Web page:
5 Conclusion

This work evaluates Mandarin Chinese language models on six grammatical relationships, including syntactic dependencies and semantic compatibilities. We use Mandarin as a case study for analyzing how the potential advantages of explicit syntax modeling (as performed by RNNGs and PLMs) generalize from English to a typologically different language. Although structural supervision does not boost the sequential model’s learning in all relationships tested in this study, we find that it does allow the RNNG and PLM models to learn dependencies robust to increasingly complex modifiers, as seen in the Missing Object test suites. Compared to the vanilla sequence-based LSTM and Transformer models, explicit syntactic modeling also seems to help with grammatical generalization in settings with small training data. We also find that Mandarin syntactic dependencies (such as tracking gross syntactic state within a subordinate clause) tend to be easier to learn than semantic dependencies (such as the compatibility between classifiers and nouns). This study is one of the first steps towards understanding the role structural inductive biases may play in learning semantic and syntactic relationships in typologically diverse languages.

Acknowledgements

We thank three anonymous reviewers for their feedback. J.H. acknowledges support from an NSF Graduate Research Fellowship under Grant No. 1745302. This work was supported by the MIT–IBM AI Research Lab and MIT’s Quest for Intelligence.

References

Appendix A Individual Test Suites

a.1 List of Test Suites

See Table 2 for a summary of test suite classes constructed in this study.

Test Suite Class Modifier Type # Test Items Prior Work in English Prior Work in Chinese
classifier–noun Compatibility None 30 - zhan-levy-2018-comparing; xiang2021climp
classifier–noun Compatibility Adjective 30 - xiang2021climp
classifier–noun Compatibility Object-Extracted RC 30 - xiang2021climp
classifier–noun Compatibility Subject-Extracted RC 30 - xiang2021climp
Garden Path object None 31 - wu2018effects
Garden Path object Adjective 31 - -
Garden Path object Object-Extracted RC 31 - -
Garden Path object Subject-Extracted RC 31 - -
Garden Path subject None 31 futrell-etal-2019-neural; hu-etal-2020-systematic -
Garden Path subject Adjective 31 - -
Garden Path subject Object-Extracted RC 31 hu-etal-2020-systematic -
Garden Path subject Subject-Extracted RC 31 hu-etal-2020-systematic -
verb–noun Compatibility None 31 - -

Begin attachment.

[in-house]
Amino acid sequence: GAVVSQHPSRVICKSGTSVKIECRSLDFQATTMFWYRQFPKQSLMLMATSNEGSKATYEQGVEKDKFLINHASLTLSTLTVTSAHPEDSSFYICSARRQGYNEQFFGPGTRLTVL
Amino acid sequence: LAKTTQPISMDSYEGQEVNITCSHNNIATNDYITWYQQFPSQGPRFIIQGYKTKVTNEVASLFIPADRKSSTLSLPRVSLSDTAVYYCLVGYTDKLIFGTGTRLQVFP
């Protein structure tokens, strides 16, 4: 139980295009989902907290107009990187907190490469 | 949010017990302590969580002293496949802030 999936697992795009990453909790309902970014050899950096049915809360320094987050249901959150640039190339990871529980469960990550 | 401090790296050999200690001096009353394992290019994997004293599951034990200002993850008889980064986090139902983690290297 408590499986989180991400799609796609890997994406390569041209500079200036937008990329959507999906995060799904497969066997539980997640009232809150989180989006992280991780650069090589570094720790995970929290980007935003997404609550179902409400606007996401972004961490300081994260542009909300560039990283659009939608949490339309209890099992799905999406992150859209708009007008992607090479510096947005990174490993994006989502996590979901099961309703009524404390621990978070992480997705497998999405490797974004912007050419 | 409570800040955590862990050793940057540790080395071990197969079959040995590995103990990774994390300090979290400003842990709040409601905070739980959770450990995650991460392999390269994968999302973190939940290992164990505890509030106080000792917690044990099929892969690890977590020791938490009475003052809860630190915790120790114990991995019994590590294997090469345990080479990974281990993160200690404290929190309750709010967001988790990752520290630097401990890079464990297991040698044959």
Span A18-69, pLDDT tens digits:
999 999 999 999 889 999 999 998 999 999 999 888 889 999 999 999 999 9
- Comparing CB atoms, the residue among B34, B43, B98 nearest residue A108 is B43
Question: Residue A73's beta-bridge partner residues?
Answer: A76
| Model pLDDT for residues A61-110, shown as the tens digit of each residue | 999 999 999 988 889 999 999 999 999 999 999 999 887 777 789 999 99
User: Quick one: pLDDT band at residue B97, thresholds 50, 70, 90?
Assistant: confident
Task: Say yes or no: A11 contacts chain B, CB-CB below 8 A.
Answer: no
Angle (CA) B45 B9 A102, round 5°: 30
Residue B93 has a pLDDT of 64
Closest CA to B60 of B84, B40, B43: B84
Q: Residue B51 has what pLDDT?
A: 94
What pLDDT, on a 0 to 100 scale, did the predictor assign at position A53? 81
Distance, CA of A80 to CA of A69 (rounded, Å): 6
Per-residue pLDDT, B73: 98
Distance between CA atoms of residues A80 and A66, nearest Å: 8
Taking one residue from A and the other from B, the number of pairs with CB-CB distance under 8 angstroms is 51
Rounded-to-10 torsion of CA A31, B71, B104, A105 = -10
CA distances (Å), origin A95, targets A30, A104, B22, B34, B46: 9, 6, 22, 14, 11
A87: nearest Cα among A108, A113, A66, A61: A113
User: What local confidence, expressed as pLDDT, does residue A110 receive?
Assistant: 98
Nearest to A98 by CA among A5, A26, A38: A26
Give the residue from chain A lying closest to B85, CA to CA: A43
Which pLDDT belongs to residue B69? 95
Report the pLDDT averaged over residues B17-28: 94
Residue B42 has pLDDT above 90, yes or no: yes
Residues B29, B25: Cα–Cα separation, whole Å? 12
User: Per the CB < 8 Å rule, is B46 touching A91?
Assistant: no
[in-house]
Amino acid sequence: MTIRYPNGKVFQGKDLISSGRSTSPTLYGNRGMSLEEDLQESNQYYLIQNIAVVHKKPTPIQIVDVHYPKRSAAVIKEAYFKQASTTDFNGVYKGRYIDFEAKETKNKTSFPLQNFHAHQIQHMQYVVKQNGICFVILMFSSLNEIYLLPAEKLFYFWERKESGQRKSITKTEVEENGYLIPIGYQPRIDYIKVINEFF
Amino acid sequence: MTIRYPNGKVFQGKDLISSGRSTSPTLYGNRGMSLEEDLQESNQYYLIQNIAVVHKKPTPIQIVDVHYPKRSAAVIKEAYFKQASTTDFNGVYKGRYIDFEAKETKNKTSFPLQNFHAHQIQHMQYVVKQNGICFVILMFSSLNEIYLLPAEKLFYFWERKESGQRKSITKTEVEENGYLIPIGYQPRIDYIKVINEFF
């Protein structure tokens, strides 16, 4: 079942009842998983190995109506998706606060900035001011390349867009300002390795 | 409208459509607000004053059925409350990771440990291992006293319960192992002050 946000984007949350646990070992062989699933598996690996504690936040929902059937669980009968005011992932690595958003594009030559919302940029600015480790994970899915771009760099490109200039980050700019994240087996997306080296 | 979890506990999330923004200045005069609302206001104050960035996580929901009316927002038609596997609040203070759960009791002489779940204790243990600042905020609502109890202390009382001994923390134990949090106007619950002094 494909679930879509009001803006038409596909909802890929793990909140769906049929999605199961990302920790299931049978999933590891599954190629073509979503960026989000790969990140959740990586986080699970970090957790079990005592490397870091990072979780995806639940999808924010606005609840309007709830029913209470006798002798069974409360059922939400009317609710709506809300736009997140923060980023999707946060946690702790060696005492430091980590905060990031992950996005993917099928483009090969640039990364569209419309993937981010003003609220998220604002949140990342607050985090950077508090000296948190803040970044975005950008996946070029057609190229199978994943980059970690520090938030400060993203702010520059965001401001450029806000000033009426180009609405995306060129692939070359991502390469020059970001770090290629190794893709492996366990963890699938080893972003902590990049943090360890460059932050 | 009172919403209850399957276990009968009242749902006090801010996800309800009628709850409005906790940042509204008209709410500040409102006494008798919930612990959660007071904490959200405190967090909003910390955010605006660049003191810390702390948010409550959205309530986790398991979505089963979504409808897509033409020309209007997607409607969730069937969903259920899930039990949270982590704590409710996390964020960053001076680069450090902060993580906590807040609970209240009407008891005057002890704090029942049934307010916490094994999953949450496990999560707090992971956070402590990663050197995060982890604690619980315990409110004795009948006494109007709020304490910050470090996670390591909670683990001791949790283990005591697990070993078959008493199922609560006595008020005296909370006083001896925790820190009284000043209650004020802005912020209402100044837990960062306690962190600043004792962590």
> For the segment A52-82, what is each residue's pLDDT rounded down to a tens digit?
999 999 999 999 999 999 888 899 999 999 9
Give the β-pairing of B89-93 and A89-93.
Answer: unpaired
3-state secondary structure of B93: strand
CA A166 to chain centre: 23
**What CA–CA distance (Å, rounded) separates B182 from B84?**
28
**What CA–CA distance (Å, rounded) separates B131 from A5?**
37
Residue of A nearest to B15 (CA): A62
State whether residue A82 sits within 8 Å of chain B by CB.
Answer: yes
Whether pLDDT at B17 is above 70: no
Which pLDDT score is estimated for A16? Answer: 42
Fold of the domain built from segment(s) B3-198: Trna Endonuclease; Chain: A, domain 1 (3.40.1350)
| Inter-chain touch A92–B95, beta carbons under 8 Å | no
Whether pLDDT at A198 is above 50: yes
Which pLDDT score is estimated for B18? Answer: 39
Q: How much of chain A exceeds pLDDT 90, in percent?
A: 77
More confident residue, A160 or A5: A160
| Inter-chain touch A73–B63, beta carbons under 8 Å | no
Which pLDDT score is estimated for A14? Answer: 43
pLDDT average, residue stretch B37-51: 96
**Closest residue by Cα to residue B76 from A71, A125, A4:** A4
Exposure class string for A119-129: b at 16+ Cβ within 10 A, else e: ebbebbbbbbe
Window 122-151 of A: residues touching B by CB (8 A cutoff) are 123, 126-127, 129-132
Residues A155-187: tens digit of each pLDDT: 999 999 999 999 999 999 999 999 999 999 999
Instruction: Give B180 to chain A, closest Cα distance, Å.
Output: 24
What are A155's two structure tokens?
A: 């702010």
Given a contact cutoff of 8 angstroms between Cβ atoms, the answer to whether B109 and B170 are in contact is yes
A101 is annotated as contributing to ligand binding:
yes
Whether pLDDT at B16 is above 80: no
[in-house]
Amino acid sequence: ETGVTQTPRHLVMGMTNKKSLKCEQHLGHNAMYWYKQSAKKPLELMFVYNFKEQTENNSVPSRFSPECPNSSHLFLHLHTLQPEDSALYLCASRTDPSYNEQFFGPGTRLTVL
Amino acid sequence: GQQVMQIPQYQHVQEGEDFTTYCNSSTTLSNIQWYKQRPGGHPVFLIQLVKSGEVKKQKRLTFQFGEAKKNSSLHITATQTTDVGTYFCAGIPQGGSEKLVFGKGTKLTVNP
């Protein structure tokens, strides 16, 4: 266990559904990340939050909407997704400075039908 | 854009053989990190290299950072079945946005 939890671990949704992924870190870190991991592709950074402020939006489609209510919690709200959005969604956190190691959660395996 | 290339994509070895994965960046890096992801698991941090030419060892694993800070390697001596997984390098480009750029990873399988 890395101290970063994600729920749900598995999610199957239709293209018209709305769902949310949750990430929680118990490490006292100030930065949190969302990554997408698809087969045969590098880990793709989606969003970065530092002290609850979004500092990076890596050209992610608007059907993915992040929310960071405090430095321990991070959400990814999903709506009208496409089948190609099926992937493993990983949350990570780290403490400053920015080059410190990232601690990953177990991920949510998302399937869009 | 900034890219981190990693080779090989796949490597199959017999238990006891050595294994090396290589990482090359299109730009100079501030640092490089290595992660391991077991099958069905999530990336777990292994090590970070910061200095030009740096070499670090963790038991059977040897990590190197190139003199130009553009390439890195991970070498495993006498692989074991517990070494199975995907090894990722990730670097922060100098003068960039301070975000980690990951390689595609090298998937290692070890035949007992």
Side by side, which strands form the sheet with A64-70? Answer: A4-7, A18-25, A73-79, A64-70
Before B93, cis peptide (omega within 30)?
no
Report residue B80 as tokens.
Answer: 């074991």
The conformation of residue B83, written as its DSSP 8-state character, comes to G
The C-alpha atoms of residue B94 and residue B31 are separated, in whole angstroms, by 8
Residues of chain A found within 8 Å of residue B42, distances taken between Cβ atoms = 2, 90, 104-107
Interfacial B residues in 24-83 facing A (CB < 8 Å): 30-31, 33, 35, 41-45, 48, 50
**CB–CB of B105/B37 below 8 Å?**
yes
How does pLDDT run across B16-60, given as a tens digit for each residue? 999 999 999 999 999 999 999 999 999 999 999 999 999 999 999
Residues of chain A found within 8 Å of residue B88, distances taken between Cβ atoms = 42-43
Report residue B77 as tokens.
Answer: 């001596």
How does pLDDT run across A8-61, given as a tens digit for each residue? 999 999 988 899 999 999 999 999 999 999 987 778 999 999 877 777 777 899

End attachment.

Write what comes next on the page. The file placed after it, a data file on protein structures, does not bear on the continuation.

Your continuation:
verb–noun Compatibility Adjective 31 - -
verb–noun Compatibility Object-Extracted RC 31 - -
verb–noun Compatibility Subject-Extracted RC 31 - -
Missing Object None 30 warstadt2020blimp -
Missing Object Subject-Extracted RC 30 - -
Missing Object Coordinated Subject-Extracted RC 30 - -
Missing Object Embedded Subject-Extracted RC 30 - -
Subordination None 30 futrell-etal-2019-neural; hu-etal-2020-systematic -
Subordination Adjective 30 - -
Subordination Object-Extracted RC 30 futrell-etal-2019-neural; hu-etal-2020-systematic -
Subordination Subject-Extracted RC 30 futrell-etal-2019-neural; hu-etal-2020-systematic -
Table 2: Summary of individual test suites used in our experiments.

a.2 Complementary Test Suite Examples

In this section, we provide complementary test items for those in Section 3.2, constructing a full set of examples for each test suite class. Note that except for Missing Object where we consider variants of SRCs as the modifier (SRC, coordinated SRC, and embedded SRC), the general modifiers types are adjective, ORC and SRC.

a.2.1 Classifier–Noun Compatibility

No modifier: (7.a) 孩子 听到 了 一 首 歌曲 。
child hear pst one cl song .
“The child heard a song.” (7.b) 孩子 听到 了 一 张 歌曲 。
child hear pst one cl song .
‘The child heard a song.” (7.c) 孩子 听到 了 一 张 专辑 。
child hear pst one cl album .
“The child heard an album.” (7.d) 孩子 听到 了 一 首 专辑 。
child hear pst one cl album .
“The child heard an album.”
ORC as modifier: (8.a) 孩子 听到 了 一 首 他 熟悉 的 歌曲 。
child hear pst one cl he familiar de song .
“The child heard a song that he is familiar with.” (8.b) 孩子 听到 了 一 张 他 熟悉 的 歌曲 。
child hear pst one cl he familiar de song .
‘The child heard a song that he is familiar with.” (8.c) 孩子 听到 了 一 张 他 熟悉 的 专辑 。
child hear pst one cl he familiar de album .
“The child heard an album that he is familiar with.” (8.d) 孩子 听到 了 一 首 他 熟悉 的 专辑 。
child hear pst one cl he familiar de album .
“The child heard an album that he is familiar with.”
SRC as modifier: (9.a) 孩子 听到 了 一 首 令 他 熟悉 的 歌曲 。
child hear pst one cl make he familiar de song .
“The child heard a song that makes him feel familiar.” (9.b) 孩子 听到 了 一 张 令 他 熟悉 的 歌曲 。
child hear pst one cl make he familiar de song .
‘The child heard a song that makes him feel familiar.” (9.c) 孩子 听到 了 一 张 令 他 熟悉 的 专辑 。
child hear pst one cl make he familiar de album .
“The child heard an album that makes him feel familiar.” (9.d) 孩子 听到 了 一 首 令 他 熟悉 的 专辑 。
child hear pst one cl make he familiar de album .
“The child heard an album that makes him feel familiar.”